bobaloo, January 19, 2012 (view all comments by bobaloo)
This book is so prophetic. I defy anyone to read this book and not see the parallels in today's world. It is exactly what the current administration is doing to this country. Should be required reading at some point in EVERY student's curriculum.
Sandra Tucker, January 12, 2012 (view all comments by Sandra Tucker)
The way this novel was written made it feel real. It was like being home. I want to aspire to be like the business men and women in this novel. I want to be able to run my own company and have the common sense to make our country improve.
chefmelto, January 1, 2012 (view all comments by chefmelto)
Holy Cow! Ayn Rand was ahead of her time. The plot and characters have been seemingly plucked from her future. We're living much of the scenario Ms. Rand puts forth. I have found myself alternately cheering and frustrated with the situations her protagonists find themselves in.
Dagny and Hank struggle to maintain what they believe to be the integrity of a capitalist system shunned by the current administration of a country which is seeking to level the playing field for all currently living within its jurisdiction and without. Over a period of time, they come to the realization that they are enabling the slow death of everything they've striven to create.
There are many parallels between the era Ms. Rand writes about and our own. I have found it fascinating drawing the connections between our time and hers. Wonderful and enlightening book!
Unkus, January 6, 2010 (view all comments by Unkus)
Atlas Shrugged is such an appropriate book to read these days. It falls inline with all the financial struggles and government takeovers the US is going through today. This book was ahead of its time when it was written.
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Lucy Black, July 2, 2009 (view all comments by Lucy Black)
Although I’m not really into the whole laissez-faire capitalism the way I used to be, I’m still extremely fond of Ayn Rand. A lot of the points she makes in her writing are valid, even if her overall philosophy is a little extreme/idealistic. I can always appreciate someone who comes up with logical, intriguing arguments, even if I disagree with then, and Rand’s books do just that. I loved The Fountainhead, so I’m glad that her magnum opus didn’t turn out to be a disappointment. Atlas Shrugged is one of the most well-written novels I’ve read in a long time, if not ever. The plot and characters kept me completely engrossed for over a thousand pages (no small feat), and all the little pieces came together in the end so I didn’t feel like half the subplots were just wasting my time. Even the title is perfection. My only criticism (aside from the whole utopian capitalism bit) is Rand’s tendency to make certain characters go on lengthy, self-righteous moral tirades. It is somewhat excusable in a novel I suppose, but there’s a chapter towards the end that especially bugged me. Realistically, everyone would have stopped listening to the guy after about five minutes (if that). But since the guy is basically a rockstar of life, I guess the reader can pretend that his rhetoric is just that engaging.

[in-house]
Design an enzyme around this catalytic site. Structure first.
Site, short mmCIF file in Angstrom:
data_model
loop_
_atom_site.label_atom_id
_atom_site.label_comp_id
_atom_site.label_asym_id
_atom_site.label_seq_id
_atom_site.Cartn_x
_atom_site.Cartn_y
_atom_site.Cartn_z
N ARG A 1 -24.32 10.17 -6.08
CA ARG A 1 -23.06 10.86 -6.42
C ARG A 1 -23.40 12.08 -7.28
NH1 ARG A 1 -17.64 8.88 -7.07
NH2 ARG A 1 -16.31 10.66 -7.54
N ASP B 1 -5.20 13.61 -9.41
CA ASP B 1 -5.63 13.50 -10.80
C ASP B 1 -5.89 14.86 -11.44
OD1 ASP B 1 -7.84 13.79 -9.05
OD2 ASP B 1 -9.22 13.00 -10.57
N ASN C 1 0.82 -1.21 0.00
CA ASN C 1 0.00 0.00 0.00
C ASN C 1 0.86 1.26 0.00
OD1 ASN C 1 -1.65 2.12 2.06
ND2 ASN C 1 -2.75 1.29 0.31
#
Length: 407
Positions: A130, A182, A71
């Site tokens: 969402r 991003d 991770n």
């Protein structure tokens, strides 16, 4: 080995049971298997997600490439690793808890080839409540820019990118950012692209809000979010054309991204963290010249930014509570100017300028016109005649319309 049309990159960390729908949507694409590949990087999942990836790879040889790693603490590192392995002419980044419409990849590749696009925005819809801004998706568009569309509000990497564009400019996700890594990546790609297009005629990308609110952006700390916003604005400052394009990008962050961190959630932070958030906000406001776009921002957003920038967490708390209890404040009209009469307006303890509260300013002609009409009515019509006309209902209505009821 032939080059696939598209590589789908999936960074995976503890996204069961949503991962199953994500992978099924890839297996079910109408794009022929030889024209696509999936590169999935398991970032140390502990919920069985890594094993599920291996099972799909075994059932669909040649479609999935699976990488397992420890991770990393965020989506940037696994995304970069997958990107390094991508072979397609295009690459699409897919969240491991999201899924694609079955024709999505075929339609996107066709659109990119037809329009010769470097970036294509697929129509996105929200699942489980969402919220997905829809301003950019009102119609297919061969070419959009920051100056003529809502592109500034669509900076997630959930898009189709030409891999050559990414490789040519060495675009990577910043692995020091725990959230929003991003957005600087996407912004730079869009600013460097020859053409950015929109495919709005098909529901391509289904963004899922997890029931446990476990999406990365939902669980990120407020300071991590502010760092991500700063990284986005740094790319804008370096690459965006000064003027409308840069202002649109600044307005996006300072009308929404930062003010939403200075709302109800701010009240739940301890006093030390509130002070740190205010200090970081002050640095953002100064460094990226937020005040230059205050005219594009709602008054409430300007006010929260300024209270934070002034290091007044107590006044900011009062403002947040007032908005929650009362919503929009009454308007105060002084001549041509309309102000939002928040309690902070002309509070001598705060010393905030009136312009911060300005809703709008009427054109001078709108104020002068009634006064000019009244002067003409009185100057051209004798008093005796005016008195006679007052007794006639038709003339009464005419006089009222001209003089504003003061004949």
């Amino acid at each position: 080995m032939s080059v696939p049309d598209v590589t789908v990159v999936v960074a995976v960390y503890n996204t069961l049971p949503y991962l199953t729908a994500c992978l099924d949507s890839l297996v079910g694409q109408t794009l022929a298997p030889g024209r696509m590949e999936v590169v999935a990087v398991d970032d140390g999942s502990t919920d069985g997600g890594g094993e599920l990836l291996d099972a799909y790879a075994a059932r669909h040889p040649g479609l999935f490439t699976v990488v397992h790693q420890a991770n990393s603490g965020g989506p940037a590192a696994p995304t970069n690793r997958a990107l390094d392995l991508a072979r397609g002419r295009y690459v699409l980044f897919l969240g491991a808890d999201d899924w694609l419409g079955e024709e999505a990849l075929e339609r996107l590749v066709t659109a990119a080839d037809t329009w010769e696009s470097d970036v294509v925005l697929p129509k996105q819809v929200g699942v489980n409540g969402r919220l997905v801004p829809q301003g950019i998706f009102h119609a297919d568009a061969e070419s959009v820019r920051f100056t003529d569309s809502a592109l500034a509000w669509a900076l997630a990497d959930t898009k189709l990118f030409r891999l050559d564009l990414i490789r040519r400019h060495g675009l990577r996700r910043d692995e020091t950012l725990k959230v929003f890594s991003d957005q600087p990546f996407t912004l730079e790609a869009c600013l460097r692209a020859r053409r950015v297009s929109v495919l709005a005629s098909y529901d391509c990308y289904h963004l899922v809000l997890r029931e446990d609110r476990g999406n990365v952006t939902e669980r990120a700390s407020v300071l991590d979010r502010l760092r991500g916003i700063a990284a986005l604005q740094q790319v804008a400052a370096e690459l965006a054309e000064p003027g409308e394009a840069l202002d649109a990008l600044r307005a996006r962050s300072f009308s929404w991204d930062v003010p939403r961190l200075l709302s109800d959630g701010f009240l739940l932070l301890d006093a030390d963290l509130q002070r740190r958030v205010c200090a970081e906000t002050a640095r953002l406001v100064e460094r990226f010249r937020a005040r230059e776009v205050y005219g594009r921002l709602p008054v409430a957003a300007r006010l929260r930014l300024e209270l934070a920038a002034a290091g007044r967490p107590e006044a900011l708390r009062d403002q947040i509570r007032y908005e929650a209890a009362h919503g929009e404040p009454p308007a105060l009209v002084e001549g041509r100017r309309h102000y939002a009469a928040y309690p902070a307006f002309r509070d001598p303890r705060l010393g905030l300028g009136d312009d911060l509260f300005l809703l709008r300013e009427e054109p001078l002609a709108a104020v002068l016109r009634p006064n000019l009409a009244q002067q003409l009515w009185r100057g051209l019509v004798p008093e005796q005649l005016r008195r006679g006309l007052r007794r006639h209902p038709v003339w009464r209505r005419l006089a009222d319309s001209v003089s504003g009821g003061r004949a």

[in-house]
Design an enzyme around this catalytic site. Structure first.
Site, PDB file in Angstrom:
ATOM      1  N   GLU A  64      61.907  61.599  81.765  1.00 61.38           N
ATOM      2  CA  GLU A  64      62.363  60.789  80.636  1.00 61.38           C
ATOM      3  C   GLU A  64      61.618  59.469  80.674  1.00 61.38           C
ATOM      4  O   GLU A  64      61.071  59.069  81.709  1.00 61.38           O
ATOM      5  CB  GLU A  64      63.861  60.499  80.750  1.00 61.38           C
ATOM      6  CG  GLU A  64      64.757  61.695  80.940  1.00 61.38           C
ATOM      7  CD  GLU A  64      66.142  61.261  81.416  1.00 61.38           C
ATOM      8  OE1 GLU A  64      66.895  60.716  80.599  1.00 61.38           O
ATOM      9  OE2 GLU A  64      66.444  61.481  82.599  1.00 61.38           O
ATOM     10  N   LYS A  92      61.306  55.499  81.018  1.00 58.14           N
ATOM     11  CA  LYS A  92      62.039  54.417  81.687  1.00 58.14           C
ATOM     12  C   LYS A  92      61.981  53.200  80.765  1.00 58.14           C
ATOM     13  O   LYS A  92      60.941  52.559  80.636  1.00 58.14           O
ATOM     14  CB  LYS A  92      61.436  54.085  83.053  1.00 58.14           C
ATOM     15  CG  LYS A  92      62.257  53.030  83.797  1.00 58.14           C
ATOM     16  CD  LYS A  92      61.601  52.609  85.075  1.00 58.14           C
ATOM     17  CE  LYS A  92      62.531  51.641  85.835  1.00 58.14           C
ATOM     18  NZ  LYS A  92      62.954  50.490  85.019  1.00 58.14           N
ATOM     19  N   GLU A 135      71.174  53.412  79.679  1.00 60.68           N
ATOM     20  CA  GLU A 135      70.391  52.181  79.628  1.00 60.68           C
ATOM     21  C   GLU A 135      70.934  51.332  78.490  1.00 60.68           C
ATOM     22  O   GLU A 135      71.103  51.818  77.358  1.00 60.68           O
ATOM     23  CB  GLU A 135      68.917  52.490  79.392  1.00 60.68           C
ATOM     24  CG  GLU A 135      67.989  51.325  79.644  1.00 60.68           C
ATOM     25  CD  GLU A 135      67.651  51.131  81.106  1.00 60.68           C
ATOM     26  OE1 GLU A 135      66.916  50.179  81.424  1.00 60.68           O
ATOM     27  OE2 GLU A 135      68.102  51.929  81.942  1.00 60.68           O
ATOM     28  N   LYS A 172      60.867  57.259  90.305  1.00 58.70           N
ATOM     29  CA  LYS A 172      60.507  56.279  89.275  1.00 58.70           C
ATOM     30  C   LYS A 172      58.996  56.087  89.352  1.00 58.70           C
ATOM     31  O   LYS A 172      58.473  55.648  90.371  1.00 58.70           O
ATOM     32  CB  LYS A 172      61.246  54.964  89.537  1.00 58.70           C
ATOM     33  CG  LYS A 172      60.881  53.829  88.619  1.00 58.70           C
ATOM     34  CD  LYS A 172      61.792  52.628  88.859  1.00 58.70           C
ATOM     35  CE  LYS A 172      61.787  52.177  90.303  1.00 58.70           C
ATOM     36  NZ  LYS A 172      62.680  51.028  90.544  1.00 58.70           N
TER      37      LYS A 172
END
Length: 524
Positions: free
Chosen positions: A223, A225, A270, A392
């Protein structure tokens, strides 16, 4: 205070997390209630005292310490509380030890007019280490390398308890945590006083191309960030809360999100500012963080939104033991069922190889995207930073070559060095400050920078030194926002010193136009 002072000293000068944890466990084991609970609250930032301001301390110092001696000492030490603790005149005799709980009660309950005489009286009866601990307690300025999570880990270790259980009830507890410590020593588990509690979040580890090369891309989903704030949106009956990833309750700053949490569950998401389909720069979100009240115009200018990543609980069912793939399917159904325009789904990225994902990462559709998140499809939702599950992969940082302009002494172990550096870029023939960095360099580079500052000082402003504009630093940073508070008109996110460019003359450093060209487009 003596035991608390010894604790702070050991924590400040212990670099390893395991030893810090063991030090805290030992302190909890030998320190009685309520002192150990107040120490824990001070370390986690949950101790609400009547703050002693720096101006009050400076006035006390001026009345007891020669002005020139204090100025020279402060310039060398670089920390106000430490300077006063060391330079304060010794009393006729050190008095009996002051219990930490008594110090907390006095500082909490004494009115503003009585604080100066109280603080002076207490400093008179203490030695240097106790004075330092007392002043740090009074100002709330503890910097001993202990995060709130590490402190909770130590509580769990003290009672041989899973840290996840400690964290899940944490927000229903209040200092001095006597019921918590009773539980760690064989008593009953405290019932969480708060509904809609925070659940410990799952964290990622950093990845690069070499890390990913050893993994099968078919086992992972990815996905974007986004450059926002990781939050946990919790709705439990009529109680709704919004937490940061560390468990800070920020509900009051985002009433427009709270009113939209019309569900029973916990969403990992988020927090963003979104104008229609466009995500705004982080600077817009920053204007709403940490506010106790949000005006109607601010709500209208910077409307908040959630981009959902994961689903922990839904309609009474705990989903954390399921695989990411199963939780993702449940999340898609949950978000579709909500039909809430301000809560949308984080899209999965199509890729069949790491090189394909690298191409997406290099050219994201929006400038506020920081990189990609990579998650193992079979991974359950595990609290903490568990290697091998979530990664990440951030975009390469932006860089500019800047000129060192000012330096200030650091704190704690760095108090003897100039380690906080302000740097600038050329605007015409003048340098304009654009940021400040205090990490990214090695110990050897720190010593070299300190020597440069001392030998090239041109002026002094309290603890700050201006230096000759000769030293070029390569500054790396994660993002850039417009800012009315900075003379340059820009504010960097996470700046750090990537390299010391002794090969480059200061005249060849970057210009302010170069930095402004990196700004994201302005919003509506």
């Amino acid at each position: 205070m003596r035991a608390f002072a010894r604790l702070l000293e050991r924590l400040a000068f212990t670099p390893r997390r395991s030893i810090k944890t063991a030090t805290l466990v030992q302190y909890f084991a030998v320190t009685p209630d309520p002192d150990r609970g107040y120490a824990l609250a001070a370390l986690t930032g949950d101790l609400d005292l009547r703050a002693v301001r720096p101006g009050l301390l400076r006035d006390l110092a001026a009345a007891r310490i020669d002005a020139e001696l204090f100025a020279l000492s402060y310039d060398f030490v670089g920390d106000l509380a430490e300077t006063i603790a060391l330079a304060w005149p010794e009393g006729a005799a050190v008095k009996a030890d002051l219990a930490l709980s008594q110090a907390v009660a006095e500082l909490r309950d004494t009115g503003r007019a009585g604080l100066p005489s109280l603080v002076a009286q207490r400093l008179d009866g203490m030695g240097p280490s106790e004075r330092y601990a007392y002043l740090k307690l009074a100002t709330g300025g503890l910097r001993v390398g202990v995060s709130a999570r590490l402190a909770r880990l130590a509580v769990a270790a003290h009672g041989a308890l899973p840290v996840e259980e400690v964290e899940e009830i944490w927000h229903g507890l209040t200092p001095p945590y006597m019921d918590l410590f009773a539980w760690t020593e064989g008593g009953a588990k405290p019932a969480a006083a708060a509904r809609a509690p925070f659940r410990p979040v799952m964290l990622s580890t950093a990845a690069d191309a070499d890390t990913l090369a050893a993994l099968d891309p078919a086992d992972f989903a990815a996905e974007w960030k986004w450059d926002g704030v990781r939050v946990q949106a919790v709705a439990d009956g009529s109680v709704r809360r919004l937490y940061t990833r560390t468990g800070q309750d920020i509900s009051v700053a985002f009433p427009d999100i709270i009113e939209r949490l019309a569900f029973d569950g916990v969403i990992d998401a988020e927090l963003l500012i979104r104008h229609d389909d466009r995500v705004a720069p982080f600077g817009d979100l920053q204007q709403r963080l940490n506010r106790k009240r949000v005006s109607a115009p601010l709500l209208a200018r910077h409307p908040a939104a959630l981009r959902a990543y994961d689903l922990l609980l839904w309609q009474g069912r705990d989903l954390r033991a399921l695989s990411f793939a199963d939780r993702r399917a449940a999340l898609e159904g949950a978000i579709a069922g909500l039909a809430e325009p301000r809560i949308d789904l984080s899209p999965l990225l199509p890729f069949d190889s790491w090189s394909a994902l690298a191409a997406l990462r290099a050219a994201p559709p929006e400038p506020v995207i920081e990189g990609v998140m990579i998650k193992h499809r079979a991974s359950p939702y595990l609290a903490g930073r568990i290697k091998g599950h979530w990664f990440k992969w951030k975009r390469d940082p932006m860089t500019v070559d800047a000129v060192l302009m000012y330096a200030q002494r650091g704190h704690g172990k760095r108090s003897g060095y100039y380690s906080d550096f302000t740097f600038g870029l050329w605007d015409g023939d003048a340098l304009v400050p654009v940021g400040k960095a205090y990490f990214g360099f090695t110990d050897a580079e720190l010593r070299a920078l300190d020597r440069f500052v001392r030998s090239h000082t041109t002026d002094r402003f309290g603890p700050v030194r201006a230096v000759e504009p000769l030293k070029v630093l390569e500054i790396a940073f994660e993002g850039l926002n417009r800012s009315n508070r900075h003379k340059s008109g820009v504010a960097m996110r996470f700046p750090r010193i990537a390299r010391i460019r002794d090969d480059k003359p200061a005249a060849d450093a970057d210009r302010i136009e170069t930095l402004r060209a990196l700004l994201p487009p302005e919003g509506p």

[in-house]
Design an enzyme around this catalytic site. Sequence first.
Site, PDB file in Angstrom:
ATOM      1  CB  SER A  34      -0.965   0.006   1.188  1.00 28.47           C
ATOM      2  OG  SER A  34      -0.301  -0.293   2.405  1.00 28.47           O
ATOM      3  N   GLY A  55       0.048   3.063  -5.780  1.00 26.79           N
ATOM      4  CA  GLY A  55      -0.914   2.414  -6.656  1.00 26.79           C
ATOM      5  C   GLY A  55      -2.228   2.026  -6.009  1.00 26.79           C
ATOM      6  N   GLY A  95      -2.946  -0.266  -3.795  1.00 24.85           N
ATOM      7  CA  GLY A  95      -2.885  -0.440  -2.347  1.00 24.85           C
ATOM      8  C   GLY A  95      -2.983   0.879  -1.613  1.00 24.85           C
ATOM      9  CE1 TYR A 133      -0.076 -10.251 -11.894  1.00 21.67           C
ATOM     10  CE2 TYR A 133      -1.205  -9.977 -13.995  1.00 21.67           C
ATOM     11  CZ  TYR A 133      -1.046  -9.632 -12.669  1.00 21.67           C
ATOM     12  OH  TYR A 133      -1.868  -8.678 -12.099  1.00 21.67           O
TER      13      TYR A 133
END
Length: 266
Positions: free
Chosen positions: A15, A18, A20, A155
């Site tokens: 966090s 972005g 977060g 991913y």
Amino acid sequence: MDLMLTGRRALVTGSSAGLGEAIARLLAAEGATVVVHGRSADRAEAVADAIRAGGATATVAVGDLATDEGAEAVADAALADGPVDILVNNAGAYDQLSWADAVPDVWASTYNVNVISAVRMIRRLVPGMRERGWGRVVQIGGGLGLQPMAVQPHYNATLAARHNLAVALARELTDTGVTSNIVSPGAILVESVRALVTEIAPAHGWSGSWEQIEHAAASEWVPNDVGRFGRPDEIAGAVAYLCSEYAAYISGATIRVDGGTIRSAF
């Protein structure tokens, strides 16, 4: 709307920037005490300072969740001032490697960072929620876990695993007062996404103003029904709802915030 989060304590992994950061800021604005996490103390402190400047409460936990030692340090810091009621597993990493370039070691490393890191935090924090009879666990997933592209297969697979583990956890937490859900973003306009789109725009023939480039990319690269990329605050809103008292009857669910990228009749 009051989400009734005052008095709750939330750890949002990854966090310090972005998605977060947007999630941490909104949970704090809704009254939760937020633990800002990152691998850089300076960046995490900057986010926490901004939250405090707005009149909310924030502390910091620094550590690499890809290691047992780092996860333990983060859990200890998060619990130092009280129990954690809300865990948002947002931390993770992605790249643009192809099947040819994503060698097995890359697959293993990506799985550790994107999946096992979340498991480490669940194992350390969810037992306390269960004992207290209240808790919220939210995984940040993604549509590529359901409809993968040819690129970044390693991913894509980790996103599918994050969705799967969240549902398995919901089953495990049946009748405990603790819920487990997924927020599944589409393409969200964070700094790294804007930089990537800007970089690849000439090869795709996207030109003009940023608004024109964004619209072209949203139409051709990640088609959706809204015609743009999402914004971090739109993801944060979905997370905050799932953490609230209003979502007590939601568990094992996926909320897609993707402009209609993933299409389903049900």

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Signet Book -
by Alan Greenspan,
"Atlas Shrugged by Ayn Rand is a celebration of life and happiness. Justice is unrelenting. Creative individuals and undeviating purpose and rationality achieve joy and fulfillment. Parasites who persistently avoid either purpose or reason perish as they should."
The decisions of a few industrial leaders shake the roots of capitalism and reawaken man's awareness of himself as an heroic being.
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Published in 1957, Atlas Shrugged was Ayn Rand's greatest achievement and last work of fiction. In this novel she dramatizes her unique philosophy through an intellectual mystery story that integrates ethics, metaphysics, epistemology, politics, economics, and sex.
Set in a near-future U.S.A. whose economy is collapsing as a result of the mysterious disappearance of leading innovators and industrialists, this novel presents an astounding panorama of human life-from the productive genius who becomes a worthless playboy...to the great steel industrialist who does not know that he is working for his own destruction...to the philosopher who becomes a pirate...to the woman who runs a transcontinental railroad...to the lowest track worker in her train tunnels.
Peopled by larger-than-life heroes and villains, charged with towering questions of good and evil, Atlas Shrugged is a philosophical revolution told in the form of an action thriller.
The story of a man who said he would stop the motor of the world--and did. This novel is the setting for the author's philosophy of Objectivism.
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